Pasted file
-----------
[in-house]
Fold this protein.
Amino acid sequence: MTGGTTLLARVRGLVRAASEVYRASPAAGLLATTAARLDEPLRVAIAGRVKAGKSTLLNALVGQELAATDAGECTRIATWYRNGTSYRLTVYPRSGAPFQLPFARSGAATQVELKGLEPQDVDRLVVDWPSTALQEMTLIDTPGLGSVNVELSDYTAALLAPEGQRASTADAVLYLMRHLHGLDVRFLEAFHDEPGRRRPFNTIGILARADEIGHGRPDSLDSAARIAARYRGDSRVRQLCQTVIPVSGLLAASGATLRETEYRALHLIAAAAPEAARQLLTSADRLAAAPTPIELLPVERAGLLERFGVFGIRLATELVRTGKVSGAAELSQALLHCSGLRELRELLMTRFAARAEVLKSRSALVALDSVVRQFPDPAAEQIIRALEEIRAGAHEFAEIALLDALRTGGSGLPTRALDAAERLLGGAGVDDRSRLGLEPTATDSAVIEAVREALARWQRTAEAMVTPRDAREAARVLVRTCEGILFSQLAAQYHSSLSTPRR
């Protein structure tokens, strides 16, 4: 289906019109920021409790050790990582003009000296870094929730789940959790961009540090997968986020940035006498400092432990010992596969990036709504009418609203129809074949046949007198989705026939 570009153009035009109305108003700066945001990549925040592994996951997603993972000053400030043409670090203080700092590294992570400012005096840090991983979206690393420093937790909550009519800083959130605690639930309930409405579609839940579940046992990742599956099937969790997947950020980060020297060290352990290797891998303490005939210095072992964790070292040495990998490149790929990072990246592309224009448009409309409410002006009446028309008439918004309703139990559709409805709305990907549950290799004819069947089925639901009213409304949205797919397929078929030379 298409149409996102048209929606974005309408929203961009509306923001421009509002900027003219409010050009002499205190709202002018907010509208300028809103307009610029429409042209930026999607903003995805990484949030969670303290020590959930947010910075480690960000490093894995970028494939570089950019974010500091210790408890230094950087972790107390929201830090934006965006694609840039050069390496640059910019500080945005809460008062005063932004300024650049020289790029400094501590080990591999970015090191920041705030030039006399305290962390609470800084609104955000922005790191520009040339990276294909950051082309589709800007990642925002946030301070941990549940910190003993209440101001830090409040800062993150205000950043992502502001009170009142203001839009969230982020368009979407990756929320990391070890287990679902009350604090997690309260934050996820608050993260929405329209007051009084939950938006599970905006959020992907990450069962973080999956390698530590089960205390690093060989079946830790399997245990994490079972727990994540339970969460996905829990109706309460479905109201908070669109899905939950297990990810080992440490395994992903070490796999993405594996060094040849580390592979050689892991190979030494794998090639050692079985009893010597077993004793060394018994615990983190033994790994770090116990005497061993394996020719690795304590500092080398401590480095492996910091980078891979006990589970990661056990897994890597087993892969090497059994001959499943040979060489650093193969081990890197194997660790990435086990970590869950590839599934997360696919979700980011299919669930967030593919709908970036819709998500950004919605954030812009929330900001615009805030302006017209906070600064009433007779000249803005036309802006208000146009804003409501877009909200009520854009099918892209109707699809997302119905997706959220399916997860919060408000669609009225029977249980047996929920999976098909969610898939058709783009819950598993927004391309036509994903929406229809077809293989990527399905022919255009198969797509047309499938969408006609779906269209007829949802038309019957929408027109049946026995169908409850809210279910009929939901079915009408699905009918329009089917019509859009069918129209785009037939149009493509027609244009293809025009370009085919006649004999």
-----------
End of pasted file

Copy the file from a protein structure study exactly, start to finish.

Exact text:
[in-house]
Fold this protein.
Amino acid sequence: MTGGTTLLARVRGLVRAASEVYRASPAAGLLATTAARLDEPLRVAIAGRVKAGKSTLLNALVGQELAATDAGECTRIATWYRNGTSYRLTVYPRSGAPFQLPFARSGAATQVELKGLEPQDVDRLVVDWPSTALQEMTLIDTPGLGSVNVELSDYTAALLAPEGQRASTADAVLYLMRHLHGLDVRFLEAFHDEPGRRRPFNTIGILARADEIGHGRPDSLDSAARIAARYRGDSRVRQLCQTVIPVSGLLAASGATLRETEYRALHLIAAAAPEAARQLLTSADRLAAAPTPIELLPVERAGLLERFGVFGIRLATELVRTGKVSGAAELSQALLHCSGLRELRELLMTRFAARAEVLKSRSALVALDSVVRQFPDPAAEQIIRALEEIRAGAHEFAEIALLDALRTGGSGLPTRALDAAERLLGGAGVDDRSRLGLEPTATDSAVIEAVREALARWQRTAEAMVTPRDAREAARVLVRTCEGILFSQLAAQYHSSLSTPRR
């Protein structure tokens, strides 16, 4: 289906019109920021409790050790990582003009000296870094929730789940959790961009540090997968986020940035006498400092432990010992596969990036709504009418609203129809074949046949007198989705026939 570009153009035009109305108003700066945001990549925040592994996951997603993972000053400030043409670090203080700092590294992570400012005096840090991983979206690393420093937790909550009519800083959130605690639930309930409405579609839940579940046992990742599956099937969790997947950020980060020297060290352990290797891998303490005939210095072992964790070292040495990998490149790929990072990246592309224009448009409309409410002006009446028309008439918004309703139990559709409805709305990907549950290799004819069947089925639901009213409304949205797919397929078929030379 298409149409996102048209929606974005309408929203961009509306923001421009509002900027003219409010050009002499205190709202002018907010509208300028809103307009610029429409042209930026999607903003995805990484949030969670303290020590959930947010910075480690960000490093894995970028494939570089950019974010500091210790408890230094950087972790107390929201830090934006965006694609840039050069390496640059910019500080945005809460008062005063932004300024650049020289790029400094501590080990591999970015090191920041705030030039006399305290962390609470800084609104955000922005790191520009040339990276294909950051082309589709800007990642925002946030301070941990549940910190003993209440101001830090409040800062993150205000950043992502502001009170009142203001839009969230982020368009979407990756929320990391070890287990679902009350604090997690309260934050996820608050993260929405329209007051009084939950938006599970905006959020992907990450069962973080999956390698530590089960205390690093060989079946830790399997245990994490079972727990994540339970969460996905829990109706309460479905109201908070669109899905939950297990990810080992440490395994992903070490796999993405594996060094040849580390592979050689892991190979030494794998090639050692079985009893010597077993004793060394018994615990983190033994790994770090116990005497061993394996020719690795304590500092080398401590480095492996910091980078891979006990589970990661056990897994890597087993892969090497059994001959499943040979060489650093193969081990890197194997660790990435086990970590869950590839599934997360696919979700980011299919669930967030593919709908970036819709998500950004919605954030812009929330900001615009805030302006017209906070600064009433007779000249803005036309802006208000146009804003409501877009909200009520854009099918892209109707699809997302119905997706959220399916997860919060408000669609009225029977249980047996929920999976098909969610898939058709783009819950598993927004391309036509994903929406229809077809293989990527399905022919255009198969797509047309499938969408006609779906269209007829949802038309019957929408027109049946026995169908409850809210279910009929939901079915009408699905009918329009089917019509859009069918129209785009037939149009493509027609244009293809025009370009085919006649004999």